Wednesday, March 20, 2013

It's Always Good to Learn from your Mistakes

When we first got Lainey she was such an easy dog to take on walks, take hiking through the trails, or even to public events.  She loved everyone and was never reactive towards any humans or other dogs.

Hiking through one of our State Parks with Lainey's boyfriend Kappy

Doing a very good Sit-Stay for mommy

After Lainey's first ACL surgery last fall, our trips around the city came to a halt.  She could no longer hike through the woods, walk on the trails or even attend doggy daycamp.

The most we could do with all of her surgical complications, was to walk up and down the street we live on.  Or on a good day, make it around one block in our subdivision.

I began to notice during this time, that I was having to pay special attention to her body language while we were walking.  She would become very stiff and inattentive whenever anyone approached our direction.  She wouldn't bark or get loud....her tactic was more of a stare-down.

One evening early this winter, it was just getting dark and I had decided that once we got to the end of our street we would turn the corner and head to the next side street before turning around to head back.  Just as we turned the corner, a very tall man dressed in a lot of heavy clothing (it was cold) with a big furry hat on, was about 30 feet away and running straight towards us.  I pulled Lainey into the grass and away from the sidewalk and put her in a sitting position.  I assumed that once the man saw us, he would transfer to the road or at least pick up the pace and run right by us.  He did not!!!

The closer he got to us the more agitated Lainey became.  She was barking, lunging, growling....I had never seen this side of her.  I used my body as a blocker between her and her site line to the man, kept a loose leash and tried "leave it" and "look", but nothing worked.  I just needed him to get by us and keep moving on. 

Instead, he stopped literally 2 feet away from us and asked me if I needed any help.  I explained to him that I would just appreciate it if he could move along due to the reactivity from my dog.  By this time, I am walking away from him through someones yard, just trying to put some distance between us.  Instead of getting the hint, the man just simply stood there trying to talk to Lainey.  This of course, was causing more harm than good.

After a good few minutes, the man finally continued on his way and Lainey and I headed back home.  I was exhausted, nervous and of course scared of what had just happened.  The next morning I called our dog trainers.  They seemed to think that since Lainey and I had been walking the same street over and over the past several weeks that she had grown to think that she "owned" them.  That this was an extension of her property.  They also stated that due to her medical issues and surgical complications that she was probably feeling a bit nervous that she could not protect herself (or me) if anything was to happen.  Her barking at the man, was her way of "protecting" and giving the man a warning.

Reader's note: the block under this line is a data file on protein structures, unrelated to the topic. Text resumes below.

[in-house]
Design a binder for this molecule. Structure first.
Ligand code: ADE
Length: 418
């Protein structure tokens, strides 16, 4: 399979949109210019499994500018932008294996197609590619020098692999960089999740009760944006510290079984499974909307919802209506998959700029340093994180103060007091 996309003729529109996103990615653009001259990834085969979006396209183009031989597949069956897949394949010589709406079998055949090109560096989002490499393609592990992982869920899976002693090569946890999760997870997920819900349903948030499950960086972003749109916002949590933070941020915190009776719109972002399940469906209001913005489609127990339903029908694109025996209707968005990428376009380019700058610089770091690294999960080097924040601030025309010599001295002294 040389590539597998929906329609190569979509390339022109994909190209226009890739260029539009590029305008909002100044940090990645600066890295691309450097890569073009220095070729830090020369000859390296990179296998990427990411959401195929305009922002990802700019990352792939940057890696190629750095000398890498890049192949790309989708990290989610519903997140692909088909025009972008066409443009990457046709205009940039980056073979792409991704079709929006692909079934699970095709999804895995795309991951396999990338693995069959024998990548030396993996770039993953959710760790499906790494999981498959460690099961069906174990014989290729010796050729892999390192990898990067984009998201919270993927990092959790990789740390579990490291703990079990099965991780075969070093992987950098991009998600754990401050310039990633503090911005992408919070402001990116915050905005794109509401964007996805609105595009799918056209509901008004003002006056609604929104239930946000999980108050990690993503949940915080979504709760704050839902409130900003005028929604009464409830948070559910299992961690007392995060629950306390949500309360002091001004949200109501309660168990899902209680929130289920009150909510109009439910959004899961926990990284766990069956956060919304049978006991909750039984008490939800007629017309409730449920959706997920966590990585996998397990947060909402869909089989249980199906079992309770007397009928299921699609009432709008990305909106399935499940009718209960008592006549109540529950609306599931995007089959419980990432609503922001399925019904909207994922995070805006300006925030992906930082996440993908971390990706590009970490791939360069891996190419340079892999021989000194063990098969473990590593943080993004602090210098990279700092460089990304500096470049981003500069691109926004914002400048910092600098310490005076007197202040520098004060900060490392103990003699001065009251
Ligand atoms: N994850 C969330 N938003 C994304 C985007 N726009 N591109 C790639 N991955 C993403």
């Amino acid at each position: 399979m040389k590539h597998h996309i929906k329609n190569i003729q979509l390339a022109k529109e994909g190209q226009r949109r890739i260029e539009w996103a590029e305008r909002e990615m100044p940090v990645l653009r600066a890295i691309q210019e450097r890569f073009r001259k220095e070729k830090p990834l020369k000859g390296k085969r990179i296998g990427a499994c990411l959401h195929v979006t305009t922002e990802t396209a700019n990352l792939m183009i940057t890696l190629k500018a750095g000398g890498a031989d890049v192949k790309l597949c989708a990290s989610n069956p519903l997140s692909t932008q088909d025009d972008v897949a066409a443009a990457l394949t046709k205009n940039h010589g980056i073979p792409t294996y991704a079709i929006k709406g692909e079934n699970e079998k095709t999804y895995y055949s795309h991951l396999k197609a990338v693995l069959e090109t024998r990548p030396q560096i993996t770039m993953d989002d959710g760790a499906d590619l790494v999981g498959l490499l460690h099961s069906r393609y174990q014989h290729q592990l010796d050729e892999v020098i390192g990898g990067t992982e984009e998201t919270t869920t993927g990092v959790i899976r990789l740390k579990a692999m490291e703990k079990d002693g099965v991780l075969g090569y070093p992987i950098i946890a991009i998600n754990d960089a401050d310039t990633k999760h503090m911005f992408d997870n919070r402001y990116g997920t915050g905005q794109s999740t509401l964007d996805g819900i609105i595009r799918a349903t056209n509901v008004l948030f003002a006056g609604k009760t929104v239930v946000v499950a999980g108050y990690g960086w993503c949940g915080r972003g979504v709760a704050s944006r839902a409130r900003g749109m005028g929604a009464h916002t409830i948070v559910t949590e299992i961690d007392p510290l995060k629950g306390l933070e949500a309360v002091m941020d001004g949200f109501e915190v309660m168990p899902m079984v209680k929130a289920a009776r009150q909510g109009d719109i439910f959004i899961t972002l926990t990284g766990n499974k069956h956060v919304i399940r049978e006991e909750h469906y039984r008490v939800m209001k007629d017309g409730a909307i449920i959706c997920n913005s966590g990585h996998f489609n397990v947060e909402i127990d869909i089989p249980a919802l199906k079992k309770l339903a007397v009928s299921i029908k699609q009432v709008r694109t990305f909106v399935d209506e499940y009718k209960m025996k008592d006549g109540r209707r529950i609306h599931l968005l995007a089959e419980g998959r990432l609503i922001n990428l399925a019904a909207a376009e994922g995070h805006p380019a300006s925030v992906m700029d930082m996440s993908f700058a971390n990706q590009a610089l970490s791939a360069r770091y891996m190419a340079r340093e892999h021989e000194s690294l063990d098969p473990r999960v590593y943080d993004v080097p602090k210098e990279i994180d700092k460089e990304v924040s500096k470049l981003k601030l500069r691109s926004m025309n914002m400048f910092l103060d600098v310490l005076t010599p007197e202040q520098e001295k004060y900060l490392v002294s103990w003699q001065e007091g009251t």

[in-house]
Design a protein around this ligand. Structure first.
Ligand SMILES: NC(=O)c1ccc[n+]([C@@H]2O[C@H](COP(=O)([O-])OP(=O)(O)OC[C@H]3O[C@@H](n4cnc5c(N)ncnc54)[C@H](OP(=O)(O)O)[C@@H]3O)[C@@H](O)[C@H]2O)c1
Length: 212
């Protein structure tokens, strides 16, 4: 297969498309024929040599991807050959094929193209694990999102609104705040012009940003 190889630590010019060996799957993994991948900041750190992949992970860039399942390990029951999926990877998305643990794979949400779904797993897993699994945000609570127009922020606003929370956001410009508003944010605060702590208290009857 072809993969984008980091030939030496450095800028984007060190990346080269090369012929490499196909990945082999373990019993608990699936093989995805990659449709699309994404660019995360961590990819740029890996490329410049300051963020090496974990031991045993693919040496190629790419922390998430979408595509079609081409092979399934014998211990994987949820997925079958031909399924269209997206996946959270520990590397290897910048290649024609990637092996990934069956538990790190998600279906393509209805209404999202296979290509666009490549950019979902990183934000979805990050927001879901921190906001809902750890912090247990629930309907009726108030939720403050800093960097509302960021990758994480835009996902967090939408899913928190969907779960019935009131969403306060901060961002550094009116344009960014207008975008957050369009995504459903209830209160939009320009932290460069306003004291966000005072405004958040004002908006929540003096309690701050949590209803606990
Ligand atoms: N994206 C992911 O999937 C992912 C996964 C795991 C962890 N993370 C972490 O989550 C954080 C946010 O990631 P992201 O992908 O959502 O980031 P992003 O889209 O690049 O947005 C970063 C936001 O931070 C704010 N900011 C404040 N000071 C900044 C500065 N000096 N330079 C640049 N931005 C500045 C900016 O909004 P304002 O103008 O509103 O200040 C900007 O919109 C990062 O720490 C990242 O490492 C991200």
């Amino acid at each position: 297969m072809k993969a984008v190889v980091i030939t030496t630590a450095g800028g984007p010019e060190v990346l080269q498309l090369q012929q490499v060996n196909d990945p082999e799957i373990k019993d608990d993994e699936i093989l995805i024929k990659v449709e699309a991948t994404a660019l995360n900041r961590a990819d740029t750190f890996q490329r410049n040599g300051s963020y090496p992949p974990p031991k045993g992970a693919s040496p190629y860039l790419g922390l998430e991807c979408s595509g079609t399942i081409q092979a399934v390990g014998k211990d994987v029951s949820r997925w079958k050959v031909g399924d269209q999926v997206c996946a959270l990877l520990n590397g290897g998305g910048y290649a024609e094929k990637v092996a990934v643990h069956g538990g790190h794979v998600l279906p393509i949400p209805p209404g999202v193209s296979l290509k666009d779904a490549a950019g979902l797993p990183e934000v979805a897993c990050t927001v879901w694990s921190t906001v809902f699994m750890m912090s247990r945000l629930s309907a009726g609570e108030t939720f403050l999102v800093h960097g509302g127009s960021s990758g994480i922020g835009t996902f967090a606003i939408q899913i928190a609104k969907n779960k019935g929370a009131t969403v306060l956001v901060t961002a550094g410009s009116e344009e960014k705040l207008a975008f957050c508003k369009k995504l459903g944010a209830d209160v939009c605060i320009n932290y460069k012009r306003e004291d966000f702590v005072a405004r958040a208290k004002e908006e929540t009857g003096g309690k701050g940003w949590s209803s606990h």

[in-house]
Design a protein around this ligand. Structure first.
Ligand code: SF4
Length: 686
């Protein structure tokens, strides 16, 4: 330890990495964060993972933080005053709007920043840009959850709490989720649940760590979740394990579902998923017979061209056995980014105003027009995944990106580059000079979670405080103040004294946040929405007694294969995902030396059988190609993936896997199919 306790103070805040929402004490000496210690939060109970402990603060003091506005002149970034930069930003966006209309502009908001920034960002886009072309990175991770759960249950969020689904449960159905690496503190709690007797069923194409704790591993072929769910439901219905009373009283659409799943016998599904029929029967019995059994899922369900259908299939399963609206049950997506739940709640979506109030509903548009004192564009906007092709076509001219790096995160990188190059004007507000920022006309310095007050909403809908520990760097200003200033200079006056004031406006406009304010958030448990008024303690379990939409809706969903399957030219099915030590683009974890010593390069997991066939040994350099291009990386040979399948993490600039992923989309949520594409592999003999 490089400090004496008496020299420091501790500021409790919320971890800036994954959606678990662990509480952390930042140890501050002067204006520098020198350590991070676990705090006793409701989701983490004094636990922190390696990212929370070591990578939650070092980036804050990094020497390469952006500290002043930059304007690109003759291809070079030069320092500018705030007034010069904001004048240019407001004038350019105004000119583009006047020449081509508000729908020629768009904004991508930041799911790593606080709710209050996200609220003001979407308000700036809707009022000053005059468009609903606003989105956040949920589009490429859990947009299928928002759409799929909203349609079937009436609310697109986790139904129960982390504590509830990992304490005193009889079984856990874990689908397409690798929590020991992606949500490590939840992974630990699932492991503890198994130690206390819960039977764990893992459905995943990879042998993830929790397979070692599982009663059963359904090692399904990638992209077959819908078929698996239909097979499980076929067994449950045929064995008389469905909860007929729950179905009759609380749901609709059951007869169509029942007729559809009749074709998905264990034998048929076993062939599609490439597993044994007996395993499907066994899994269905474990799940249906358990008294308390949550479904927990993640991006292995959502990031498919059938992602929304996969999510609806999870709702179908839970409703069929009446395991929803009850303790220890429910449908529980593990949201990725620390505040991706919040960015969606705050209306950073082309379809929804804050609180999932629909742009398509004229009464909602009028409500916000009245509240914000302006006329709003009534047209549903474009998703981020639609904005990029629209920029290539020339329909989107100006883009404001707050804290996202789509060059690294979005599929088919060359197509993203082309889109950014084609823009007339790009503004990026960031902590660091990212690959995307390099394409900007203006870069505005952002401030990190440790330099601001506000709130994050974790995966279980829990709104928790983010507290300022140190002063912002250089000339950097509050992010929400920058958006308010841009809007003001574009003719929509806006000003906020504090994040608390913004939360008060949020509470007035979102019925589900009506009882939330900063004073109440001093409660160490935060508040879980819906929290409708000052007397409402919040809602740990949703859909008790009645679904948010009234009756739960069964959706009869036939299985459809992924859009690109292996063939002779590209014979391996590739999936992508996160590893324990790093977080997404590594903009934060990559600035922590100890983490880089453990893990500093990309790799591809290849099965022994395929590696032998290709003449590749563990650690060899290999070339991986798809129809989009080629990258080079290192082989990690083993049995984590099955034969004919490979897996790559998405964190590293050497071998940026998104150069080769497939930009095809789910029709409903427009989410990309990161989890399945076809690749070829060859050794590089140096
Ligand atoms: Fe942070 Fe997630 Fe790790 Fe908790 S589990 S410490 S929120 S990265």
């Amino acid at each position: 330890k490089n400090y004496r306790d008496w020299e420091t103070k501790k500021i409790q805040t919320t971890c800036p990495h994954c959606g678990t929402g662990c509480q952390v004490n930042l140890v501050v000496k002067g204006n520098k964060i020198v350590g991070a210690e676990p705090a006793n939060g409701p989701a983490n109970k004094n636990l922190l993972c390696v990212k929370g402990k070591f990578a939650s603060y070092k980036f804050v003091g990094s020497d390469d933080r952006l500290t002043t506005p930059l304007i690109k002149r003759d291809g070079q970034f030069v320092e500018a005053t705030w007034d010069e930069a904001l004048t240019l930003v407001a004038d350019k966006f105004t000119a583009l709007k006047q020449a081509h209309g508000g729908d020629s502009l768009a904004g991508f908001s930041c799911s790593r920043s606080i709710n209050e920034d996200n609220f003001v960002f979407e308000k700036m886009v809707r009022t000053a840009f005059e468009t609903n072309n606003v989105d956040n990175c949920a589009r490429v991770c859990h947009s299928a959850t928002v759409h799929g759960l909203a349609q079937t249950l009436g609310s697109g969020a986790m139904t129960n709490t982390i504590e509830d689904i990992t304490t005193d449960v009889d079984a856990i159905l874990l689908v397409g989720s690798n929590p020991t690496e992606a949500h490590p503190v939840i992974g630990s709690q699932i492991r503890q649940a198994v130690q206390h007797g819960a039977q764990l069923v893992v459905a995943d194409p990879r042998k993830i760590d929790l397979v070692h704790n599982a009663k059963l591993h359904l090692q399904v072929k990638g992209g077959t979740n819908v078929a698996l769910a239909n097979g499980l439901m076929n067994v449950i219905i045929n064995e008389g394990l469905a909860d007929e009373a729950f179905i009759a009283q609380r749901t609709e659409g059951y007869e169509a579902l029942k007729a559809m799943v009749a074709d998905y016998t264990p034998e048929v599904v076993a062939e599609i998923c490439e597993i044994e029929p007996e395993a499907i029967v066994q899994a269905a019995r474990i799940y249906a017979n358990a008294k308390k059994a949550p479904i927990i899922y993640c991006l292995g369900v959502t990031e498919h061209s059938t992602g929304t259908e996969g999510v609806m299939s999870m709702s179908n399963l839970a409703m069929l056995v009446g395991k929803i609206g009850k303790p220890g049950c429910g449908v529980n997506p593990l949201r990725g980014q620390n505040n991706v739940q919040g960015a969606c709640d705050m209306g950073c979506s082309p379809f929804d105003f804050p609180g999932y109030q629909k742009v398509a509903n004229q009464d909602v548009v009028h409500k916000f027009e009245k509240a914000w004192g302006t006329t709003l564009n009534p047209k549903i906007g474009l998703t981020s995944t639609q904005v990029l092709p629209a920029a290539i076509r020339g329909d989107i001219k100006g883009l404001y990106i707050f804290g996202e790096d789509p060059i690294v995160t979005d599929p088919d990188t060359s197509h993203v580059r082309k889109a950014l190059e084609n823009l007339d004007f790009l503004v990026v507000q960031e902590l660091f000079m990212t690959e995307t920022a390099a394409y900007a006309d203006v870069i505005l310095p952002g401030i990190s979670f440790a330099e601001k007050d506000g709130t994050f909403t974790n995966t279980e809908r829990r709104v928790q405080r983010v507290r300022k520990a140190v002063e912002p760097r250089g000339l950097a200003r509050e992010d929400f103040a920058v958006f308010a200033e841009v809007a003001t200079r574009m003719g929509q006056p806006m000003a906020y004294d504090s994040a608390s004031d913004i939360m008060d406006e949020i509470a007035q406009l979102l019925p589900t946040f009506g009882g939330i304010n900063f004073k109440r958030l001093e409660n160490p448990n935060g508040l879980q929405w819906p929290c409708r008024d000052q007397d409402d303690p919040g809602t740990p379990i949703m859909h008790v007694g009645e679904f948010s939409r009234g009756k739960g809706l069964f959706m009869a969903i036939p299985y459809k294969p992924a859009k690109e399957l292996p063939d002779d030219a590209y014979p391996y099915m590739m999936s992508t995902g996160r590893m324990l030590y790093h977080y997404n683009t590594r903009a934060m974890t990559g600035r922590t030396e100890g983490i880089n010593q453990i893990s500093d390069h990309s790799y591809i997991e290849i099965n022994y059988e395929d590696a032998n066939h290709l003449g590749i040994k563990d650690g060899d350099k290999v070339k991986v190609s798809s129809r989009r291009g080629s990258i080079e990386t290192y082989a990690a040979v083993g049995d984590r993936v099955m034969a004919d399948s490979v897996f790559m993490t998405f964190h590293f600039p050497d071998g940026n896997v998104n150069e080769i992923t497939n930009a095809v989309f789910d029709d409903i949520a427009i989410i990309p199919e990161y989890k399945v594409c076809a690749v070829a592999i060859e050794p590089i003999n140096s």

This was the only time this has happened and I am much more aware of our surroundings whenever we walk.  At each corner I stop and look to see if there is anything that might make her uncomfortable (people, dogs, bikes, etc).

Unfortunately, months later and two more surgeries later, we are still only able to walk up and down our street or our block.  I have made some changes in our routine that I think have helped.  We don't walk the same "direction" every time.  We also change it up between walking on the sidewalk and walking in the road.  We also switch up on which sides of the street/sidewalk we walk on.  And most importantly....we have been working on loose leash walking along with a solid "look" command. 

I think that all of these changes has helped.  She is much more relaxed and our walks are very enjoyable.  We have come in contact with multiple people, dogs, bicicyles, etc. and she has not reacted at all.

I can only hope that a year from now when she is all healed with 100% mobility, we will be able to get back into hiking, walking the trails and enjoying nature as much as we both want to.  I think we are both ready for some new scenery!


Hannah@Eriesistibull said...

Big changes are always so hard on pooches! Keep up the good work - this will all be a memory soon!

Non Sequitur Chica said...

I think you are doing a great job! Buster is a reactive dog and even after our reactive/aggressive dog class, he still reacts to dogs and sometimes people. I think it will be an ongoing thing with him unfortunately...moving to a new place did not help.

Anonymous said...

They are such interesting creatures! If only they could speak or understand us so that we could explain change to them. I know that when Melvin has issues on leash, say after dark if we hear/see something, part of his reaction has to do with my heartbeat/trepidation. If I stop and take a moment to stay calm, he tends to follow suit. If I'm genuinely panicked, Melvin will go into Secret Service mode!